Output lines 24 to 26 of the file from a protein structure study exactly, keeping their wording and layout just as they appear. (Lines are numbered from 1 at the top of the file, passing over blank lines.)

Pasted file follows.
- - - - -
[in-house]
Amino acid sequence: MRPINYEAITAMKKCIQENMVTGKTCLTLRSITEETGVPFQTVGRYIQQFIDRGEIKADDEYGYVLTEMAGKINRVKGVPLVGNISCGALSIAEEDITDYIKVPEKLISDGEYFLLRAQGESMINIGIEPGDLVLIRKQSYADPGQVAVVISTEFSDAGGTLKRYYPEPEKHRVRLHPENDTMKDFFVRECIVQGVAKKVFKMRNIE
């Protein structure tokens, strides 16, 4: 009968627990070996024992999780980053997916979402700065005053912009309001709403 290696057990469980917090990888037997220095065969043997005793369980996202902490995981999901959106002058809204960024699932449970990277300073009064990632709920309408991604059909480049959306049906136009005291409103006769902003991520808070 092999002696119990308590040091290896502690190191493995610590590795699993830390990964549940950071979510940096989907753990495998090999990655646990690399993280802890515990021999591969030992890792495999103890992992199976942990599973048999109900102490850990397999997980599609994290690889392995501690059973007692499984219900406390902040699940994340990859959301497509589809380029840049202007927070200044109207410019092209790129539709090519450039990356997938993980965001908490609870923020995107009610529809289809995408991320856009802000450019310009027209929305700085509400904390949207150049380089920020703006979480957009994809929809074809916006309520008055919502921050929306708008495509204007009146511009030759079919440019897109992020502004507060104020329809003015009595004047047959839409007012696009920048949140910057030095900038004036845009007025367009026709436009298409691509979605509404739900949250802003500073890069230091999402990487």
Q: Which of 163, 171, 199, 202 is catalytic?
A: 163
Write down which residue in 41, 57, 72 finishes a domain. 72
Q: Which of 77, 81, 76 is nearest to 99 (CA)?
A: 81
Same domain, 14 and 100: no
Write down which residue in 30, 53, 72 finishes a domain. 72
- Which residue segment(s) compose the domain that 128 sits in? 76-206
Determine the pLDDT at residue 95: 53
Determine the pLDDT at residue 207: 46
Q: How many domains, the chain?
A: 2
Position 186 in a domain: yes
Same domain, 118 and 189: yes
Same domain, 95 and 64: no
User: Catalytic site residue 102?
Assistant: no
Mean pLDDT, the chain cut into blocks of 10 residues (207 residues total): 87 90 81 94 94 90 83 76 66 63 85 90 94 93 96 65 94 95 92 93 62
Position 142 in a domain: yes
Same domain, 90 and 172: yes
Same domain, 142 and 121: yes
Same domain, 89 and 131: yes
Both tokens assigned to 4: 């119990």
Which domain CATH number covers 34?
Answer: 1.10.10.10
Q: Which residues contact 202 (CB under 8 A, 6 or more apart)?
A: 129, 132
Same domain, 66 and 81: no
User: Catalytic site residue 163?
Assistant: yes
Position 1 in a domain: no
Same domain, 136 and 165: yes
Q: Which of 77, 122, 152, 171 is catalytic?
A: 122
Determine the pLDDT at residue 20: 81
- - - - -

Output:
Same domain, 142 and 121: yes
Same domain, 89 and 131: yes
Both tokens assigned to 4: 């119990």